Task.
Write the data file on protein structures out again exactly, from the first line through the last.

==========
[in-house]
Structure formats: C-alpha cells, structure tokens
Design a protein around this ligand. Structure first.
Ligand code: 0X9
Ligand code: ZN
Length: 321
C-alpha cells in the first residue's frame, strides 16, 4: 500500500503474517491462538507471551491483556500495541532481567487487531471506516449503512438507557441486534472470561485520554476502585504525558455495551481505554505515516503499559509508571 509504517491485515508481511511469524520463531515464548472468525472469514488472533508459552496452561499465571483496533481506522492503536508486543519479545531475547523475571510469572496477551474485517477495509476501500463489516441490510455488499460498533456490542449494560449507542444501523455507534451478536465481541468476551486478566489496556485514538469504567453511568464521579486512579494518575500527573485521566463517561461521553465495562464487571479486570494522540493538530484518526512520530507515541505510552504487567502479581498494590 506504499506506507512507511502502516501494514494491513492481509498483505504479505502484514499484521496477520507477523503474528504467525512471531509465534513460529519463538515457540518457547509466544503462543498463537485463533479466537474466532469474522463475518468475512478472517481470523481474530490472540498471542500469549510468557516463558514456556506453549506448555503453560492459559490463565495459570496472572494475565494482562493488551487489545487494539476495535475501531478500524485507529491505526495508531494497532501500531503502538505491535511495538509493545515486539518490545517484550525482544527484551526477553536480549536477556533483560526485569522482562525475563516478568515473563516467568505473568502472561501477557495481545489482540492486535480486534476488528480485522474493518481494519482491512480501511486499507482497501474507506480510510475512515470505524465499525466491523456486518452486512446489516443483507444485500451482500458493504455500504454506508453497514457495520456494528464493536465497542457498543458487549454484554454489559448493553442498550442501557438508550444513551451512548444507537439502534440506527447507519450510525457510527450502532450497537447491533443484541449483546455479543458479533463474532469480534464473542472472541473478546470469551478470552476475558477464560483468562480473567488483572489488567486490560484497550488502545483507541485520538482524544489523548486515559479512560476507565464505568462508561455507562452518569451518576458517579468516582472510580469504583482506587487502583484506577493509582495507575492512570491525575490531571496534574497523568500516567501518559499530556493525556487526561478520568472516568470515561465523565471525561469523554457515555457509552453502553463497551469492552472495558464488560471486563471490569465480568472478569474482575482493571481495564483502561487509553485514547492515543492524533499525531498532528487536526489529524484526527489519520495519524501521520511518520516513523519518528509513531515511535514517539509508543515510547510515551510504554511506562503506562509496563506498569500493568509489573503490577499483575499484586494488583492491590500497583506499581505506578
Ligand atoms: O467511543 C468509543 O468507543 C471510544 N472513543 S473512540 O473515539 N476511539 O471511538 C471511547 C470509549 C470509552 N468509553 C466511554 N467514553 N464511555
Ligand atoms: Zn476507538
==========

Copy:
[in-house]
Structure formats: C-alpha cells, structure tokens
Design a protein around this ligand. Structure first.
Ligand code: 0X9
Ligand code: ZN
Length: 321
C-alpha cells in the first residue's frame, strides 16, 4: 500500500503474517491462538507471551491483556500495541532481567487487531471506516449503512438507557441486534472470561485520554476502585504525558455495551481505554505515516503499559509508571 509504517491485515508481511511469524520463531515464548472468525472469514488472533508459552496452561499465571483496533481506522492503536508486543519479545531475547523475571510469572496477551474485517477495509476501500463489516441490510455488499460498533456490542449494560449507542444501523455507534451478536465481541468476551486478566489496556485514538469504567453511568464521579486512579494518575500527573485521566463517561461521553465495562464487571479486570494522540493538530484518526512520530507515541505510552504487567502479581498494590 506504499506506507512507511502502516501494514494491513492481509498483505504479505502484514499484521496477520507477523503474528504467525512471531509465534513460529519463538515457540518457547509466544503462543498463537485463533479466537474466532469474522463475518468475512478472517481470523481474530490472540498471542500469549510468557516463558514456556506453549506448555503453560492459559490463565495459570496472572494475565494482562493488551487489545487494539476495535475501531478500524485507529491505526495508531494497532501500531503502538505491535511495538509493545515486539518490545517484550525482544527484551526477553536480549536477556533483560526485569522482562525475563516478568515473563516467568505473568502472561501477557495481545489482540492486535480486534476488528480485522474493518481494519482491512480501511486499507482497501474507506480510510475512515470505524465499525466491523456486518452486512446489516443483507444485500451482500458493504455500504454506508453497514457495520456494528464493536465497542457498543458487549454484554454489559448493553442498550442501557438508550444513551451512548444507537439502534440506527447507519450510525457510527450502532450497537447491533443484541449483546455479543458479533463474532469480534464473542472472541473478546470469551478470552476475558477464560483468562480473567488483572489488567486490560484497550488502545483507541485520538482524544489523548486515559479512560476507565464505568462508561455507562452518569451518576458517579468516582472510580469504583482506587487502583484506577493509582495507575492512570491525575490531571496534574497523568500516567501518559499530556493525556487526561478520568472516568470515561465523565471525561469523554457515555457509552453502553463497551469492552472495558464488560471486563471490569465480568472478569474482575482493571481495564483502561487509553485514547492515543492524533499525531498532528487536526489529524484526527489519520495519524501521520511518520516513523519518528509513531515511535514517539509508543515510547510515551510504554511506562503506562509496563506498569500493568509489573503490577499483575499484586494488583492491590500497583506499581505506578
Ligand atoms: O467511543 C468509543 O468507543 C471510544 N472513543 S473512540 O473515539 N476511539 O471511538 C471511547 C470509549 C470509552 N468509553 C466511554 N467514553 N464511555
Ligand atoms: Zn476507538